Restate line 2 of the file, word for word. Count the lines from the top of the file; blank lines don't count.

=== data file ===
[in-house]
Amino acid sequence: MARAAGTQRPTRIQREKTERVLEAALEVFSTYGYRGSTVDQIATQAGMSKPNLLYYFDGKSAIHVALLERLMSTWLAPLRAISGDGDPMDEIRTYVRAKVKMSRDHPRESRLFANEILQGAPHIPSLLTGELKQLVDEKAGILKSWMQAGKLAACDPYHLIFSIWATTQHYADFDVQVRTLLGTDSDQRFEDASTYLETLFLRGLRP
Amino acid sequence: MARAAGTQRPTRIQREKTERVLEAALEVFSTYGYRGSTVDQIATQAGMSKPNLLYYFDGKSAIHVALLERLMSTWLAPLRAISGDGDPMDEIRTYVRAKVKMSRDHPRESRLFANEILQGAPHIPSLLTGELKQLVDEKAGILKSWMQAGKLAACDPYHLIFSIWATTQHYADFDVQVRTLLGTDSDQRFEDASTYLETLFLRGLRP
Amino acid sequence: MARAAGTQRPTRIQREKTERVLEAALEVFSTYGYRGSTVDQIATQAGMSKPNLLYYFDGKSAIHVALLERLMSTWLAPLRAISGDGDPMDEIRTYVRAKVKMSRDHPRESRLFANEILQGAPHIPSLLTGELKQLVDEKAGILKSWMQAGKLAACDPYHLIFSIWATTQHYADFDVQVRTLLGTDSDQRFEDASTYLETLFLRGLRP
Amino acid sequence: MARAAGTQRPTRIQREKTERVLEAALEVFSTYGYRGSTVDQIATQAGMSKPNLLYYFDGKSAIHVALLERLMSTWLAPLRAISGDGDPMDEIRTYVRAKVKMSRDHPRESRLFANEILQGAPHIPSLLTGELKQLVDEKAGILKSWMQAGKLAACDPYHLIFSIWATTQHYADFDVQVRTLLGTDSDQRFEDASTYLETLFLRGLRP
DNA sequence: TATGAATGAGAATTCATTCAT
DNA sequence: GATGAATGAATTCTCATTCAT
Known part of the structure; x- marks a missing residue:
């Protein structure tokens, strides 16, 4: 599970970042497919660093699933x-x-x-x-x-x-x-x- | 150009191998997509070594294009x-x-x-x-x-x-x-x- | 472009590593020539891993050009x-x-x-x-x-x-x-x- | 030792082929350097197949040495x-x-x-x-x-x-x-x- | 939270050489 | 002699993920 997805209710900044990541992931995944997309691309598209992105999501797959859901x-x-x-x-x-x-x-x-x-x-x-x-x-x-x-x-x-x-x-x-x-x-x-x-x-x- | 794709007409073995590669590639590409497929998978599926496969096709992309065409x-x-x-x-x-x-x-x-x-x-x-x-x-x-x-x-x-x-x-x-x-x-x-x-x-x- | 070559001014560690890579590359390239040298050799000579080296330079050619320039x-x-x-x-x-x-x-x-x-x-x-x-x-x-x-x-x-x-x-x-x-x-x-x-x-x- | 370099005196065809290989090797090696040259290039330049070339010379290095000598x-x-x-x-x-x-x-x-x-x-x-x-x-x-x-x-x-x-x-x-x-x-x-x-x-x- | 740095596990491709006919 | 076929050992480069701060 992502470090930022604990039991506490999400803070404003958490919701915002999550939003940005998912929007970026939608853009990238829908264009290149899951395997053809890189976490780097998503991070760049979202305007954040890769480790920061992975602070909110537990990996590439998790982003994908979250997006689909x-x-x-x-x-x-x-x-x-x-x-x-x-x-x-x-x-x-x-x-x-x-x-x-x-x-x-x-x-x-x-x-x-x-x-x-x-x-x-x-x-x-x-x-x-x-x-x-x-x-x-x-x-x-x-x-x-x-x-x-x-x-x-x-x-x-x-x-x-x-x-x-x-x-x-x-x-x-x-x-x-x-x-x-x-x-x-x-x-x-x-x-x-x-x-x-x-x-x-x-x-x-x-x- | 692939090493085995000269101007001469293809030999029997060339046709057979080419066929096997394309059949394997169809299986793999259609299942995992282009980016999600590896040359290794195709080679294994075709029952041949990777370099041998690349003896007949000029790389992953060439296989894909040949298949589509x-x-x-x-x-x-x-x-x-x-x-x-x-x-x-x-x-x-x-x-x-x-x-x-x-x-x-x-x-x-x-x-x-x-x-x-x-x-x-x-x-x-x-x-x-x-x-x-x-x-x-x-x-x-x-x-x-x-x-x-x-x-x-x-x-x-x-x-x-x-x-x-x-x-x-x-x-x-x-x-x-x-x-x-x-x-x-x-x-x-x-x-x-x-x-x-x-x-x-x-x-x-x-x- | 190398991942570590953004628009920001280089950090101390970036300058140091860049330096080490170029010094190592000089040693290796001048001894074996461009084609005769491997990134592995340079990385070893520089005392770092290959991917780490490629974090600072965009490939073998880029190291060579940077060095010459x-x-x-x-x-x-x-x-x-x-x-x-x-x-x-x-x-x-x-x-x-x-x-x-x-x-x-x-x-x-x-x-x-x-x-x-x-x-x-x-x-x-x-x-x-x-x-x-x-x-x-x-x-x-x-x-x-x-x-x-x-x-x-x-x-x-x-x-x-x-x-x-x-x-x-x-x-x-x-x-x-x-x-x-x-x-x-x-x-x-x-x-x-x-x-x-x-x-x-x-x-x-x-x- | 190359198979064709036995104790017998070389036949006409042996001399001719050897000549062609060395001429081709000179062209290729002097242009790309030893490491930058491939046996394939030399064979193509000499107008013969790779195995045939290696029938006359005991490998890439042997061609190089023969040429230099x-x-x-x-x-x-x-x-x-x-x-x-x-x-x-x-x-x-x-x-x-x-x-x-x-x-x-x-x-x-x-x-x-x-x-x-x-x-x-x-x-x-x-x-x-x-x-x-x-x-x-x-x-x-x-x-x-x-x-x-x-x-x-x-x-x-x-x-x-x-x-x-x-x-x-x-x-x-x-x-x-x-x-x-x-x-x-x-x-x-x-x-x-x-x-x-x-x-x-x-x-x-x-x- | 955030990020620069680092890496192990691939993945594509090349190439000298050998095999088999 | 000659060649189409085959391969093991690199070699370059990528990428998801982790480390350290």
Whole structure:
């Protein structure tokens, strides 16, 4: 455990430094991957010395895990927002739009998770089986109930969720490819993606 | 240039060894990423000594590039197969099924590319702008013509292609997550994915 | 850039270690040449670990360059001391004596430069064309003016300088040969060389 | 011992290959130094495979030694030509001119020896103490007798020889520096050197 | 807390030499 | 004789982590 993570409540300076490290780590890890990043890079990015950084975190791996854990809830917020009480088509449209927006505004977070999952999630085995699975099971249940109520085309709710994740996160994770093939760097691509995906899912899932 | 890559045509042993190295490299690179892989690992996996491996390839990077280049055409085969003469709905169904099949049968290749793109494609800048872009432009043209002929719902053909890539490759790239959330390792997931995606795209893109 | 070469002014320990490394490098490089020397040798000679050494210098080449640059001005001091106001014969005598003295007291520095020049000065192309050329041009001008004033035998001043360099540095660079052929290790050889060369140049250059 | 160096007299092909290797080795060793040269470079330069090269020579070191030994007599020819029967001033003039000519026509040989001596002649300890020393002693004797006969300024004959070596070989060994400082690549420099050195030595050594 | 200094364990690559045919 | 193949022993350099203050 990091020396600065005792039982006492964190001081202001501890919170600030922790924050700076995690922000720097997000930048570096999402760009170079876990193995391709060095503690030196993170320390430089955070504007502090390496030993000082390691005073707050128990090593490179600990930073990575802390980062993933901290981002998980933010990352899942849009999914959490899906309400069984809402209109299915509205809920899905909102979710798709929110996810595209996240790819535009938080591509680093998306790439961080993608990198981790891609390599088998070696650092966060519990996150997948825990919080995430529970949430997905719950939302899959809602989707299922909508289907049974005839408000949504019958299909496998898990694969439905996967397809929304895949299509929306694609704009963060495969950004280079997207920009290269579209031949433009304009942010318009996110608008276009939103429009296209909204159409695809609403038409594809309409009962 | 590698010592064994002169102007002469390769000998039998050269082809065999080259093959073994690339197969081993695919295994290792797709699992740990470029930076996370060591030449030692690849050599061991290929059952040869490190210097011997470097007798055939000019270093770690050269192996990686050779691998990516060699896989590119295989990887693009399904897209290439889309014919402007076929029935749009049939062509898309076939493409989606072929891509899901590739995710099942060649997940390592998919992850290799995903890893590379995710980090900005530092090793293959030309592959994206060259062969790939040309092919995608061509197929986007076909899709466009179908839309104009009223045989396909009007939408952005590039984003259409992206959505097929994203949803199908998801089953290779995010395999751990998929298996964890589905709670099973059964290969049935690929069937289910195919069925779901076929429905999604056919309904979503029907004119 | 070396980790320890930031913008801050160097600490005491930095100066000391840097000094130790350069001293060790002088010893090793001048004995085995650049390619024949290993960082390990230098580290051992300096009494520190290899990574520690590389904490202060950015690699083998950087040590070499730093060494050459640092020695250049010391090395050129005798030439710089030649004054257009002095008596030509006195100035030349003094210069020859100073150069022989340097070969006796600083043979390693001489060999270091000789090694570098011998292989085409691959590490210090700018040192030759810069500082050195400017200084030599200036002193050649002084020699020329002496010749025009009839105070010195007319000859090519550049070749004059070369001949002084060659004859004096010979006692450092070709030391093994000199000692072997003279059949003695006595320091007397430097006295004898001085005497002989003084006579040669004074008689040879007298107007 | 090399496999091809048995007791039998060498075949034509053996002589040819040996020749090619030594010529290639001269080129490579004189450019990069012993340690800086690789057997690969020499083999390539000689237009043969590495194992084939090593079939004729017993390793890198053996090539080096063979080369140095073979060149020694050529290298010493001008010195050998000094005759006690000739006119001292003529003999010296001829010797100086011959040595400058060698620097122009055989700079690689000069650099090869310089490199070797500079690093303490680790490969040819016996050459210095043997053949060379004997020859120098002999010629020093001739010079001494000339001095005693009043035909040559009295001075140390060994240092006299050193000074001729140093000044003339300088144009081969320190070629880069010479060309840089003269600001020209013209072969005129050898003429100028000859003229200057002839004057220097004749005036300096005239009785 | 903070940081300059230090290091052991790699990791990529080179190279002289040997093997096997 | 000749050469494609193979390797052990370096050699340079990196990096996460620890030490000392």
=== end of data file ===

Amino acid sequence: MARAAGTQRPTRIQREKTERVLEAALEVFSTYGYRGSTVDQIATQAGMSKPNLLYYFDGKSAIHVALLERLMSTWLAPLRAISGDGDPMDEIRTYVRAKVKMSRDHPRESRLFANEILQGAPHIPSLLTGELKQLVDEKAGILKSWMQAGKLAACDPYHLIFSIWATTQHYADFDVQVRTLLGTDSDQRFEDASTYLETLFLRGLRP